Drowned out by all the noise at the county Board of Commissioners on Monday was a bit of good news — that the county might be on the verge of landing an industry that would bring almost 80 decent-paying jobs.
It is disappointing that the conversation has continued about the commissioners’ discretionary funds, pay and benefits, but it’s their inaction almost four months after County Manager Ricky Harris turned over the findings of his study that has kept this page from being turned. That will only happen when the commissioners do the noble thing, and compensate themselves in line with their peers across the state and add accountability to the way they dispense your money through their discretionary funds.
So buried deep in our story about Monday’s meeting were a few paragraphs about Project 77, the code name for an effort by the county to bring an industry that would land between Lumberton and Pembroke, and create 77 jobs with an average wage of $12.30 an hour. The commissioners on Monday approved an incentives package with tax relief that is being dangled to get the coveted commitment.
Privately, county officials are optimistic. We know enough to tell you that if the industry comes to Robeson County, there will be a $5 million capital investment, and the industry will become a buyer of product that can be produced locally, so the economic benefit would not be limited to those who find employment there.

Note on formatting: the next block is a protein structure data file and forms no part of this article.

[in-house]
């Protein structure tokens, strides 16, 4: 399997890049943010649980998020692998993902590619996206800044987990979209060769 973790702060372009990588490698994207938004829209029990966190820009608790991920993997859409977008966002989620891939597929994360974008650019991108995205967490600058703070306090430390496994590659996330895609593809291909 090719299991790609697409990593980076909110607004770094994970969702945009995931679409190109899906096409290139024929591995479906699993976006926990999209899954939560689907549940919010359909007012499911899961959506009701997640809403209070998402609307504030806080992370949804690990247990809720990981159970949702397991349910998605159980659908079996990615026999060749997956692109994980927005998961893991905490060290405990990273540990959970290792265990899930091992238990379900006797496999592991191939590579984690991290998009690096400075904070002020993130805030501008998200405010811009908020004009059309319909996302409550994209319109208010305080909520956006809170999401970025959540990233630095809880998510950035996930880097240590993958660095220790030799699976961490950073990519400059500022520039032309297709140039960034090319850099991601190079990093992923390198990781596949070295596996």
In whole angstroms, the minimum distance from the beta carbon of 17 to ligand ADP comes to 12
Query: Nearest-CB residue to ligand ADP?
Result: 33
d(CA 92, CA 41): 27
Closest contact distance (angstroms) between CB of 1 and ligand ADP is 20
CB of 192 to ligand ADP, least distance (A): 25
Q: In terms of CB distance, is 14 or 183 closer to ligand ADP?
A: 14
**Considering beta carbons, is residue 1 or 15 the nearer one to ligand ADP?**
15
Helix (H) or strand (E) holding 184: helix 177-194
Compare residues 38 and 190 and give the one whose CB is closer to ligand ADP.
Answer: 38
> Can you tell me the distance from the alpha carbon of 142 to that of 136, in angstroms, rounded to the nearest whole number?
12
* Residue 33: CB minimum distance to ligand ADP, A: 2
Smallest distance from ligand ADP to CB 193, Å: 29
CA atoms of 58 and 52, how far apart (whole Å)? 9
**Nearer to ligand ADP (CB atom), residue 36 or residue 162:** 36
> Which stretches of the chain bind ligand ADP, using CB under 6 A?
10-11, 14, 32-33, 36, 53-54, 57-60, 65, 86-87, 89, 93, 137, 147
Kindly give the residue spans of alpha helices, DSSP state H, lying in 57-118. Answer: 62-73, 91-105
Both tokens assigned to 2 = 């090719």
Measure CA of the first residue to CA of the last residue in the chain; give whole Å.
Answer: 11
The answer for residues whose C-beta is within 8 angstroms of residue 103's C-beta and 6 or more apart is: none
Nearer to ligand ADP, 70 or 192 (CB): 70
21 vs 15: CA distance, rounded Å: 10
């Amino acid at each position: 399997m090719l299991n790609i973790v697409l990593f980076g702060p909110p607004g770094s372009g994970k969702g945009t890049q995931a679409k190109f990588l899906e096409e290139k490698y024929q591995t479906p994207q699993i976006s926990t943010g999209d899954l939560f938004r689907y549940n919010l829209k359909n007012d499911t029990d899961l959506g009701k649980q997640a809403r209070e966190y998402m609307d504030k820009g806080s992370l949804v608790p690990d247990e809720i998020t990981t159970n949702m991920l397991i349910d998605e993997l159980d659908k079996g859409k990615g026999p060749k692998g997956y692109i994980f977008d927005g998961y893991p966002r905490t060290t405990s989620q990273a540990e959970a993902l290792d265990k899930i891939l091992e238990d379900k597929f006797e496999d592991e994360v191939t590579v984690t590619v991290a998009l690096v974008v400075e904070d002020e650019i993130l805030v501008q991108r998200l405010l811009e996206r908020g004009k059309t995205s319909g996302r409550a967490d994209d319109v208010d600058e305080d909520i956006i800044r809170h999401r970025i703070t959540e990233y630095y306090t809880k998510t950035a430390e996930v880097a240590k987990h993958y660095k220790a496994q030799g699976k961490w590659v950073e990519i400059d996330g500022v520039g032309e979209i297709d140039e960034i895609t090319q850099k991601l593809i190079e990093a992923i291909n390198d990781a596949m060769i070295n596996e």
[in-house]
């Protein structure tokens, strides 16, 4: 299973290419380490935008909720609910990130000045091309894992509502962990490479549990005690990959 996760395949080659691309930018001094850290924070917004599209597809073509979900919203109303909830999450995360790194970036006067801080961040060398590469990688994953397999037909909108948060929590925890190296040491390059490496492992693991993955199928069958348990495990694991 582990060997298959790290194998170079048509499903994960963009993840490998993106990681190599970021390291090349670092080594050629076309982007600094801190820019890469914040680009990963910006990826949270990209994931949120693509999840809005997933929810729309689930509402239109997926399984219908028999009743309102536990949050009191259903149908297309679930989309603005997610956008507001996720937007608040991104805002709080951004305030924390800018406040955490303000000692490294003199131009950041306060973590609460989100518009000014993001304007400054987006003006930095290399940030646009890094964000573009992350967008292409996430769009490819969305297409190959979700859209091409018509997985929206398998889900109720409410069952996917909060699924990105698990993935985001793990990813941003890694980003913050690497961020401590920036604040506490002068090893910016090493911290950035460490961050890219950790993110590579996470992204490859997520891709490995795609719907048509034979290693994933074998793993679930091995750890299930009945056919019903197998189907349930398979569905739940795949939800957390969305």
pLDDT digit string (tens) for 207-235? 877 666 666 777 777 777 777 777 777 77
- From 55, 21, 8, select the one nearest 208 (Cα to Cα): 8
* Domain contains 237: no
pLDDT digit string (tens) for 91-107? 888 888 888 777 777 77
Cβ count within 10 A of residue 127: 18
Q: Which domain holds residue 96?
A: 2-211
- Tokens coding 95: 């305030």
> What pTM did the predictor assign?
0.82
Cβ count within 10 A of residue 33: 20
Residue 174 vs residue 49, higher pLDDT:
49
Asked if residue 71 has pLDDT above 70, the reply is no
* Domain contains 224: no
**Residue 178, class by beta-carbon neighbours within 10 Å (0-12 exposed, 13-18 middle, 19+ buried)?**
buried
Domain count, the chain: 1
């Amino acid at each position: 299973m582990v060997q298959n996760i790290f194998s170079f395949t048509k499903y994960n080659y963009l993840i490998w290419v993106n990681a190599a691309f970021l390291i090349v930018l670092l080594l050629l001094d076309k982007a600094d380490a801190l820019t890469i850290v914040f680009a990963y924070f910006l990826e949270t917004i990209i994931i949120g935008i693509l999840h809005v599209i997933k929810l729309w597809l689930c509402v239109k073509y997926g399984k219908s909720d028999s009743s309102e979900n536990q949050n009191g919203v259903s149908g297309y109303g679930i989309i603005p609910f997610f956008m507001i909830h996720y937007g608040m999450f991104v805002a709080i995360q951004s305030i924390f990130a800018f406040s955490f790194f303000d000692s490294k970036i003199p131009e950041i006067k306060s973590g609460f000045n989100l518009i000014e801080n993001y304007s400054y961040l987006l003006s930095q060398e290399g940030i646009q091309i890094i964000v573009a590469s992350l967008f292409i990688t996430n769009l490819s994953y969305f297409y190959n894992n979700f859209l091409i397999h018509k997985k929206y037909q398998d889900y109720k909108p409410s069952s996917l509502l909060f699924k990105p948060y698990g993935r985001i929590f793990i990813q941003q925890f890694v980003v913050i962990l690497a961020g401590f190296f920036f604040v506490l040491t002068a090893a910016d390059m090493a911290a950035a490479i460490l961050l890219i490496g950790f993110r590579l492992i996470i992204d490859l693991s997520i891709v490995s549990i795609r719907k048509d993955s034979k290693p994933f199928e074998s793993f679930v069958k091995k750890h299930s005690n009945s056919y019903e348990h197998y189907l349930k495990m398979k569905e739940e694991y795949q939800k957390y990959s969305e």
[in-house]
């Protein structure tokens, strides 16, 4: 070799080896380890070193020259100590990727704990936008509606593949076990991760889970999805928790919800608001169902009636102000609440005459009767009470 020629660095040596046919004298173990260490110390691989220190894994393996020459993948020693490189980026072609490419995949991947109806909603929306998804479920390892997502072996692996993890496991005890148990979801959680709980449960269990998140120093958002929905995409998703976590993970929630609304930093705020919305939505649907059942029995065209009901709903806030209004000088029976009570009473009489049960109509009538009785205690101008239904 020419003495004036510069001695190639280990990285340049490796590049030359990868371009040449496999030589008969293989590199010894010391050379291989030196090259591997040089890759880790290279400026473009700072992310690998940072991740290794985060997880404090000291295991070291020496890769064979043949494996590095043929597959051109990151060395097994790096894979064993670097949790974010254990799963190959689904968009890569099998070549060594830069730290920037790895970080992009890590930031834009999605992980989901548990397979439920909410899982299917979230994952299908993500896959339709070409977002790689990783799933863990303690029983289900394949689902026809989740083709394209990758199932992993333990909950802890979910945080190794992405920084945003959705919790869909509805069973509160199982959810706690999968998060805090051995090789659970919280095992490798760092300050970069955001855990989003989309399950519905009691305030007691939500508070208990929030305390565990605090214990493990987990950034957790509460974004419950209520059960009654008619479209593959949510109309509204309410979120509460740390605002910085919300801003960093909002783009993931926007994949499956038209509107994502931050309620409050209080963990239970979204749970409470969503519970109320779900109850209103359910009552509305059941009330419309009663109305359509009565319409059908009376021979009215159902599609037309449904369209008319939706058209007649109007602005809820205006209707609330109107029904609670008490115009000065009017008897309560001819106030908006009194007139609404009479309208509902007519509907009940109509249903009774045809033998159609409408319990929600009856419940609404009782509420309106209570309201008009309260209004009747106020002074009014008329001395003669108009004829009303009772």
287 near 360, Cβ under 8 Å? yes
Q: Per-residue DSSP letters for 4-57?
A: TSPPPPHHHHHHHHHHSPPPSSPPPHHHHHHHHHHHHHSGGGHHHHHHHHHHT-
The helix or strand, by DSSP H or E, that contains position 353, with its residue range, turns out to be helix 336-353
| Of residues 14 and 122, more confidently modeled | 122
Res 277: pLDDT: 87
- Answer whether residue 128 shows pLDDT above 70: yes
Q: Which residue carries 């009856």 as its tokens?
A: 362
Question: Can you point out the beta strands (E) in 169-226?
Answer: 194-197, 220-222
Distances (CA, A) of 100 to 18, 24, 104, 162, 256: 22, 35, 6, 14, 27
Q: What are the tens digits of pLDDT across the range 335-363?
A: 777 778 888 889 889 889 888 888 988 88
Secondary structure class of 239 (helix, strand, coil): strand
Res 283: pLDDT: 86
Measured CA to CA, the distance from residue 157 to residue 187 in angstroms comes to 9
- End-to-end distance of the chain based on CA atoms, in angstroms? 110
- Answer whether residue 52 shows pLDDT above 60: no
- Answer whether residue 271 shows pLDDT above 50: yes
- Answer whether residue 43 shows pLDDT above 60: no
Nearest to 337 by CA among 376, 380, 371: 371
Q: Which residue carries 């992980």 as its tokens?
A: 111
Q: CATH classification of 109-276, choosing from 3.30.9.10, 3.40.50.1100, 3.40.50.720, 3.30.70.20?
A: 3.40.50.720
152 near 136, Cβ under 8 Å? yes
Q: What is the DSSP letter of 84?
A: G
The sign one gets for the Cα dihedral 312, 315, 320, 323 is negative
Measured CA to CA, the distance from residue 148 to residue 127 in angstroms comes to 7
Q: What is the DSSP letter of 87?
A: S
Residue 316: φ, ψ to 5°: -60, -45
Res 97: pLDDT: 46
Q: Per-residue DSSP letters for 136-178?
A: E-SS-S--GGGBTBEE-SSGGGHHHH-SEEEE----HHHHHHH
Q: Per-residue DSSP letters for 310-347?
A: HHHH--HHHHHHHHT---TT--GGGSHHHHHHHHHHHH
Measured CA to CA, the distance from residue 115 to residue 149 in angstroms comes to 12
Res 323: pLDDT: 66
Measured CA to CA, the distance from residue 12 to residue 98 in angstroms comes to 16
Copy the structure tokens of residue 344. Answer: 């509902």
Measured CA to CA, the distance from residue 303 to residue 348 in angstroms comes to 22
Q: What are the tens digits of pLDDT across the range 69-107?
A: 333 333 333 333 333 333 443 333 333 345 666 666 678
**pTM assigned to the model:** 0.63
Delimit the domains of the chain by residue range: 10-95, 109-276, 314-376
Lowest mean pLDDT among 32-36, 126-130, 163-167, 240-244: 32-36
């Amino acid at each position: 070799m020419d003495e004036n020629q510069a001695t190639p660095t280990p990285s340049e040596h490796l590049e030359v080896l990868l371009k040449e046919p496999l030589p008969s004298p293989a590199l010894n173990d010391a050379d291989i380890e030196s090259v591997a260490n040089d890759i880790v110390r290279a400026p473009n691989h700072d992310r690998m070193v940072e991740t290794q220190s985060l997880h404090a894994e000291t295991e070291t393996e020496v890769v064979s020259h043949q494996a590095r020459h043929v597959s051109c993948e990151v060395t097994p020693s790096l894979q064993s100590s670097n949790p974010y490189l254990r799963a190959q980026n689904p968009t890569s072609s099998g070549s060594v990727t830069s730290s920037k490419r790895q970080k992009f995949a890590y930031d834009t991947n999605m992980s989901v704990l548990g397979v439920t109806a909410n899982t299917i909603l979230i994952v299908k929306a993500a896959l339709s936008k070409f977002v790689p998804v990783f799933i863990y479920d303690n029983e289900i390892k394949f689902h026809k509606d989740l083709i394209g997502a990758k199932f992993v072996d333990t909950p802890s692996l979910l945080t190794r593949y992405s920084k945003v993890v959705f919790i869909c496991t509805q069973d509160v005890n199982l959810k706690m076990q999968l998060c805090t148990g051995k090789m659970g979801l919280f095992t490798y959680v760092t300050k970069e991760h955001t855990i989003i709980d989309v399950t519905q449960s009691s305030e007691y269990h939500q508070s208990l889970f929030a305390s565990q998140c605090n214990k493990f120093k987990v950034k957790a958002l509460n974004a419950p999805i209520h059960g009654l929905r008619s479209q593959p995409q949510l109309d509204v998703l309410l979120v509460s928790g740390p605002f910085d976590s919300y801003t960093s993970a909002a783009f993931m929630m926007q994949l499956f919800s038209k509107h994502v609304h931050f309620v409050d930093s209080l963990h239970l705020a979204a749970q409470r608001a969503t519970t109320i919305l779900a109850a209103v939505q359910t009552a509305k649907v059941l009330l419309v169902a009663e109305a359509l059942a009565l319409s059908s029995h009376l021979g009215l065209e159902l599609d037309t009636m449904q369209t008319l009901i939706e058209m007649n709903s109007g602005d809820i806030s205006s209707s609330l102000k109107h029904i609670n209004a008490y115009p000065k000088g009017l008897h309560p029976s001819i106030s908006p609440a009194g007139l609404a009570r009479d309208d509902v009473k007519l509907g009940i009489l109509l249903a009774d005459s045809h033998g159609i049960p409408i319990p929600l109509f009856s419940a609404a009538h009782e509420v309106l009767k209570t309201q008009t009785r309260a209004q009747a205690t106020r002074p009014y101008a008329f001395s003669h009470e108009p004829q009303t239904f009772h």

It would be a welcome bit of economic news in Robeson County, which has suffered more than most — before, during and after what is now being called the Great Recession.
Things could be getting more challenging for the county.
The Republicans are firmly in control of this state’s government, with Pat McCrory in the Executive Mansion and substantial majorities in both legislative chambers, and it’s clear that their governance will be much different than that of the Democrats. The Republicans are adamant that they will return fiscal sanity to the state with a pay-as-we-go approach, and they want a government that rewards and encourages hard work, not idleness and entitlement. They believe tax relief is the way to bring new jobs to this state — and to wean people from welfare, which they see as a temporary state, not a life sentence.
Robeson County, with a third of the population on food stamps and an unemployment rate among the worst in the state, will be a canary in the mine. This is the new reality — and our county will encounter it without a single legislator in Raleigh with an “R” beside his name.
Jobs will be the antidote; 77 is a start, but there are thousands more in this county who need work, and all that comes with it, including a wage to live on and the dignity that being a provider provides.